Monthly Archives: January 2010

Paraneoplastic pemphigus is the term used for an exclusive subset of pemphigus. The clinical lesions may resemble pemphigus, pemphigoid, erythema multiforme, graft-vs.-host disease, or lichen planus. A common denominator in all patients is the concomitant occurrence of either occult or confirmed systemic neoplasm. It is imperative to confirm the diagnosis through microscopy, where intraepidermal suprabasal cleavage, epidermal acantholysis, dyskeratotic keratinocytes and vacuolar changes in the basal epidermis, interfacial dermatitis, and epidermal exocytosis can be seen. Furthermore, the deposition of immunoglobulin G (IgG) and complement in the epidermal intercellular spaces, detected by direct and/or indirect immunofluorescence, is equally crucial for confirming the diagnosis.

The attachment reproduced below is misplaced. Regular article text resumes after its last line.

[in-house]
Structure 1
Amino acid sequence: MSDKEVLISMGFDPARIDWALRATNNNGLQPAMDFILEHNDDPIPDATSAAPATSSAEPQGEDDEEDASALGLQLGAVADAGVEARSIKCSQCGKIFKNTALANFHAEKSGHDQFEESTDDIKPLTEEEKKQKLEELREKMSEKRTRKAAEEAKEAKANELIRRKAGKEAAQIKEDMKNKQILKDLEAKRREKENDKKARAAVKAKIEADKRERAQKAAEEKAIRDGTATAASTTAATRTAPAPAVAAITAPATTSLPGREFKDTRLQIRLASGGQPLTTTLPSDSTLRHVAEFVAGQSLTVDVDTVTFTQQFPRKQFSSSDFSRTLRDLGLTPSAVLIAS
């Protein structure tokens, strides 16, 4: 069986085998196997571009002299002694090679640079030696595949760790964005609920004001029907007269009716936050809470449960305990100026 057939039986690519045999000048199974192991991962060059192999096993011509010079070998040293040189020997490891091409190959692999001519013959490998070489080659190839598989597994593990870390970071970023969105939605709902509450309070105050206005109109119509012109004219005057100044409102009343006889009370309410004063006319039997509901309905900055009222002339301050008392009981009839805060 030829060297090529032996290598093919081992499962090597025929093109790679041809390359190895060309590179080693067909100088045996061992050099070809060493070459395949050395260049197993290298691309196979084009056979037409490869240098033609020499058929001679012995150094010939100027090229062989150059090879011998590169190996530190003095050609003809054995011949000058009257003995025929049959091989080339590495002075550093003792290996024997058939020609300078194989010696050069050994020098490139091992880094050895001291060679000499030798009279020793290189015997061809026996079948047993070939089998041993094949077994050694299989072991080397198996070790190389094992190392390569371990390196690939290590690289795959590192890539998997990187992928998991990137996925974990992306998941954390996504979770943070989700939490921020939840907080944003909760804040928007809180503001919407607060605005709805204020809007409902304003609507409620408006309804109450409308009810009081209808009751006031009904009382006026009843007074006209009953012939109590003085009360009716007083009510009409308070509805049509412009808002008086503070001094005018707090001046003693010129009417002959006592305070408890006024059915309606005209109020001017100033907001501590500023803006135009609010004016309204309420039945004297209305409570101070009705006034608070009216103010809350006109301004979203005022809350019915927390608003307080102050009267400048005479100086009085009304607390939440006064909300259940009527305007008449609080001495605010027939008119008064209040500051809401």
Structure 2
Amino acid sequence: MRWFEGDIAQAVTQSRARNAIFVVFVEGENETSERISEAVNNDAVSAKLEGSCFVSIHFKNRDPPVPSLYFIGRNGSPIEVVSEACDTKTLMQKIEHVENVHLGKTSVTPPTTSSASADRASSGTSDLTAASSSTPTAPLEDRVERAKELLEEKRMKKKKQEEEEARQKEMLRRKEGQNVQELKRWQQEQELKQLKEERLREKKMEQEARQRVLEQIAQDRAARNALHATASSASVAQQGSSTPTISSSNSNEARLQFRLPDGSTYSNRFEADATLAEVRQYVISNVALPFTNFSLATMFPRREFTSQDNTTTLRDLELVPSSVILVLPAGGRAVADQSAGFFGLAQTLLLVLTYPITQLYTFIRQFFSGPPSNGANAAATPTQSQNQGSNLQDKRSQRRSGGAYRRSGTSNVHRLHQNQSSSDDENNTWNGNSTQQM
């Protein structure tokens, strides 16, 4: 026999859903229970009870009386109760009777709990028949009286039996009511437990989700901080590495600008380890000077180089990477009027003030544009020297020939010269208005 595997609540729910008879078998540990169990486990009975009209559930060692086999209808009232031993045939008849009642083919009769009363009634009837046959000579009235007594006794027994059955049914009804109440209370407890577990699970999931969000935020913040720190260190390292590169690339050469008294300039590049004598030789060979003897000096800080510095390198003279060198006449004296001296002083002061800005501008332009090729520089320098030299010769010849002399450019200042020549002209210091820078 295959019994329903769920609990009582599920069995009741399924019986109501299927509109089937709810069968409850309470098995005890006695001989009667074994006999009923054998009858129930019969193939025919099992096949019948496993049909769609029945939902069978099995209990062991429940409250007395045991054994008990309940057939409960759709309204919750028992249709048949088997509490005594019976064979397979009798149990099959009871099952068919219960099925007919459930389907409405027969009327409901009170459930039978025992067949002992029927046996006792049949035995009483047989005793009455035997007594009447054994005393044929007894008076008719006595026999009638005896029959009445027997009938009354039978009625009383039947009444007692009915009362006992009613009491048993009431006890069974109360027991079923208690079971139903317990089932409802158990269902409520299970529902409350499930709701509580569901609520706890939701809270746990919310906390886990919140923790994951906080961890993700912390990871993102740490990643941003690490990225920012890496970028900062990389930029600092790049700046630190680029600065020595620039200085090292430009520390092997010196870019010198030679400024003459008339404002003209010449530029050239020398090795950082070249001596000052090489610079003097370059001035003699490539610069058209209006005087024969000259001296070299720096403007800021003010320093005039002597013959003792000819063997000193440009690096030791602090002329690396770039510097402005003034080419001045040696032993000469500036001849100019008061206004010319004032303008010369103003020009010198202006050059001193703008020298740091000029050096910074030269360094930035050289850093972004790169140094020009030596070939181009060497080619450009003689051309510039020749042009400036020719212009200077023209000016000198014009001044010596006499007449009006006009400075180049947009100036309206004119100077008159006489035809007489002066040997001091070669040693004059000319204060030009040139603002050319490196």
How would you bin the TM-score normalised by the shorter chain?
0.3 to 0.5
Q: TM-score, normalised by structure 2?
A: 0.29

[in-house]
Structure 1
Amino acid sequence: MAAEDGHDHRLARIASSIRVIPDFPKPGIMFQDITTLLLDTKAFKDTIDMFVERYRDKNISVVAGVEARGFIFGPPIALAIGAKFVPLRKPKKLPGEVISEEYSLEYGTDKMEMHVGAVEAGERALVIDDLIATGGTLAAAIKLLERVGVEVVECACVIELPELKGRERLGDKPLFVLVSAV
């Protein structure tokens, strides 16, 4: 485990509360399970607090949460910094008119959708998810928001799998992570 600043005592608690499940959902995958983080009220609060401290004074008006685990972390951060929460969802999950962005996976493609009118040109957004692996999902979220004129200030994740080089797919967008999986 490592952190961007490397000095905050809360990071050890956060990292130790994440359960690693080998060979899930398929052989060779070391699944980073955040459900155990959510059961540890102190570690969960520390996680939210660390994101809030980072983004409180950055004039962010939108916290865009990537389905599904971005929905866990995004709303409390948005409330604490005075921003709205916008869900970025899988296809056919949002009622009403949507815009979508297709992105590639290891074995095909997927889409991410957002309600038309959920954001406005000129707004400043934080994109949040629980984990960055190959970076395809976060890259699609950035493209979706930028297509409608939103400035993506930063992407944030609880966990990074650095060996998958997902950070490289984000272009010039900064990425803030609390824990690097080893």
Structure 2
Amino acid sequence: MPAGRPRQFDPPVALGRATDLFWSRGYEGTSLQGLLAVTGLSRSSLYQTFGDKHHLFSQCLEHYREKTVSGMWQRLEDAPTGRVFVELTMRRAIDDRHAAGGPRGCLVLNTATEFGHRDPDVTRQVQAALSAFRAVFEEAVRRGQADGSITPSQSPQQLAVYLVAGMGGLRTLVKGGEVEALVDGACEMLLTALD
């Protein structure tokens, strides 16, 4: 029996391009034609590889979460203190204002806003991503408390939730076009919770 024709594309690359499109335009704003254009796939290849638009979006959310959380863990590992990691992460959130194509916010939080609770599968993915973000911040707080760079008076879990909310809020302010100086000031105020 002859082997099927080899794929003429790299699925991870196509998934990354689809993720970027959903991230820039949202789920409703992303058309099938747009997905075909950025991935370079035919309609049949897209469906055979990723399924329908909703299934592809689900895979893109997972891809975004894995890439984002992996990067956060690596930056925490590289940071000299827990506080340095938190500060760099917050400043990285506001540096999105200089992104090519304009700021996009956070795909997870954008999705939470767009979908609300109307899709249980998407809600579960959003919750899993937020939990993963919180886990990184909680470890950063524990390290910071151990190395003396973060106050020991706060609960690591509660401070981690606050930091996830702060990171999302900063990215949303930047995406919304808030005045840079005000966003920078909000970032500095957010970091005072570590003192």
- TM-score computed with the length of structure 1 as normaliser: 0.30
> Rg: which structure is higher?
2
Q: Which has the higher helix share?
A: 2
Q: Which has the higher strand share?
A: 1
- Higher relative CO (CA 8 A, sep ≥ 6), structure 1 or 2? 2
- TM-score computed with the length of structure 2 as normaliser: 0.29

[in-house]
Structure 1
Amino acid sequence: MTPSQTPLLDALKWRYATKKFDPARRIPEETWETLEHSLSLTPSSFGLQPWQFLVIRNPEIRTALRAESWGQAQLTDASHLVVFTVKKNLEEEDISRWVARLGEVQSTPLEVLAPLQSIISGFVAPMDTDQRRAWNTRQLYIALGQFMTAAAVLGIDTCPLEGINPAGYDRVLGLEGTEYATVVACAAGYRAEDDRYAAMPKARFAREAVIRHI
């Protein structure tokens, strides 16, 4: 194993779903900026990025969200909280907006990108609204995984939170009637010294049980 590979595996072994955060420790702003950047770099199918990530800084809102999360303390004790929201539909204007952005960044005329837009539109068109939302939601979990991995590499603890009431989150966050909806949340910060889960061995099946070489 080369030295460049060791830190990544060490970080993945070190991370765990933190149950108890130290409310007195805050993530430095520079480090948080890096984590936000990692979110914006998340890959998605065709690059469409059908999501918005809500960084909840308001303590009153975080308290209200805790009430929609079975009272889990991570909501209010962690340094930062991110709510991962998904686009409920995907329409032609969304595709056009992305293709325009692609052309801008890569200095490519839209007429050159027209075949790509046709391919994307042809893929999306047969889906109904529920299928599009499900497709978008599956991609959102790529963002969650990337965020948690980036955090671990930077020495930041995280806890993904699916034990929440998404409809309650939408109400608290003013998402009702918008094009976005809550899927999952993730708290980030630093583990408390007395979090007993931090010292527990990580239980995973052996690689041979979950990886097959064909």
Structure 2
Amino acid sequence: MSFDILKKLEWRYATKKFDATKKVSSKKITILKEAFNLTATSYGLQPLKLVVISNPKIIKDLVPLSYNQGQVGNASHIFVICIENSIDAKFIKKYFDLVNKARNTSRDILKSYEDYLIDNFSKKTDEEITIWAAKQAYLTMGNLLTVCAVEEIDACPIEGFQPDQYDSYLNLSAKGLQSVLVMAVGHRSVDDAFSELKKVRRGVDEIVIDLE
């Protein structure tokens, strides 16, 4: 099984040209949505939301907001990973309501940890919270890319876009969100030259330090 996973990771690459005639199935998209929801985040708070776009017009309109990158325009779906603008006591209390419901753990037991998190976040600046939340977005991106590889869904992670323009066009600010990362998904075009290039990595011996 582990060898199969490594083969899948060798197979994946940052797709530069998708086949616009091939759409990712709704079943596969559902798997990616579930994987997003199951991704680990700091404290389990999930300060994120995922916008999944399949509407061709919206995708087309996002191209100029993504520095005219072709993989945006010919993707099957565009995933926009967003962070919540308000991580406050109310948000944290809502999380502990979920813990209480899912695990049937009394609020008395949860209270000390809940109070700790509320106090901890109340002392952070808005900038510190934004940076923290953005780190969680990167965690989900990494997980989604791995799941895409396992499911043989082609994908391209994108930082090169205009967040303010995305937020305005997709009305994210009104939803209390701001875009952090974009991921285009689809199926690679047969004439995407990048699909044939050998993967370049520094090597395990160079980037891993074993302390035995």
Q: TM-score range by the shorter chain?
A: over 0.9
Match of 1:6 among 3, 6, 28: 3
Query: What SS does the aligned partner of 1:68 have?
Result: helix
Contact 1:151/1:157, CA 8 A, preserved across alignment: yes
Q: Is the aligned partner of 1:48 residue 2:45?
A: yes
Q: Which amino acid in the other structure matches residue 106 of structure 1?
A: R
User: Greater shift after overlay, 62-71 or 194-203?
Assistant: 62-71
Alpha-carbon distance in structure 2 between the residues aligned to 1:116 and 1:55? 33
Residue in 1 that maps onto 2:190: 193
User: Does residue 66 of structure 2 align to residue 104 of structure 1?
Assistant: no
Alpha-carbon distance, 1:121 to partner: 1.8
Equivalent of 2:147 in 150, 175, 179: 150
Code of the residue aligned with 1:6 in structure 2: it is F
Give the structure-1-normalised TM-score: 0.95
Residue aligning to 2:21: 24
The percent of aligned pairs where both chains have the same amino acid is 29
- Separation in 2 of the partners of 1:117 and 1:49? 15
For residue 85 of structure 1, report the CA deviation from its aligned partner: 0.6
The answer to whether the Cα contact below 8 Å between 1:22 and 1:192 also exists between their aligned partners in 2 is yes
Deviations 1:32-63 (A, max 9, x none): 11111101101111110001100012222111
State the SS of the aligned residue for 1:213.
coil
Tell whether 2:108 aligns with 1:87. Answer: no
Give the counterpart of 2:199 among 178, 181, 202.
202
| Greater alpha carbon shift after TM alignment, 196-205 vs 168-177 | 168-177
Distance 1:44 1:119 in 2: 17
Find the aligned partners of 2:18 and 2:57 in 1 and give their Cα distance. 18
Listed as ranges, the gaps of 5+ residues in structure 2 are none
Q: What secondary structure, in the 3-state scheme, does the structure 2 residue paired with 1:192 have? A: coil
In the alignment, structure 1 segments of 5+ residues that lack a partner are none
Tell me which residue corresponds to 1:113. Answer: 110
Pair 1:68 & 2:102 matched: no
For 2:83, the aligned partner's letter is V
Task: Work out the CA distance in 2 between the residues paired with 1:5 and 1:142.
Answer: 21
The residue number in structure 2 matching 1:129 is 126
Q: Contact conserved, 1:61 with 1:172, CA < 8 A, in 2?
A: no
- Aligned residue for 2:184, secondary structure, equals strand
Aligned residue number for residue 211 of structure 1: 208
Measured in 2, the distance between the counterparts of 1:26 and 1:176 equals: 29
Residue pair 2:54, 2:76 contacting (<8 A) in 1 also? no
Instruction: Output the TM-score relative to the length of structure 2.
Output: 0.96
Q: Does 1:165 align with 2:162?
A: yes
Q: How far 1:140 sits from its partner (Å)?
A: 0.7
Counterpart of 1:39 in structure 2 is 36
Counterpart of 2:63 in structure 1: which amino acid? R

A reader recently complained that her elderly mother had faithfully taken the medication prescribed to protect her osteoporotic bones from fracture but still broke her hip as she walked from her bedroom to the bathroom one morning. The older woman recalled that she had felt her hip give way and then fell, not the other way around.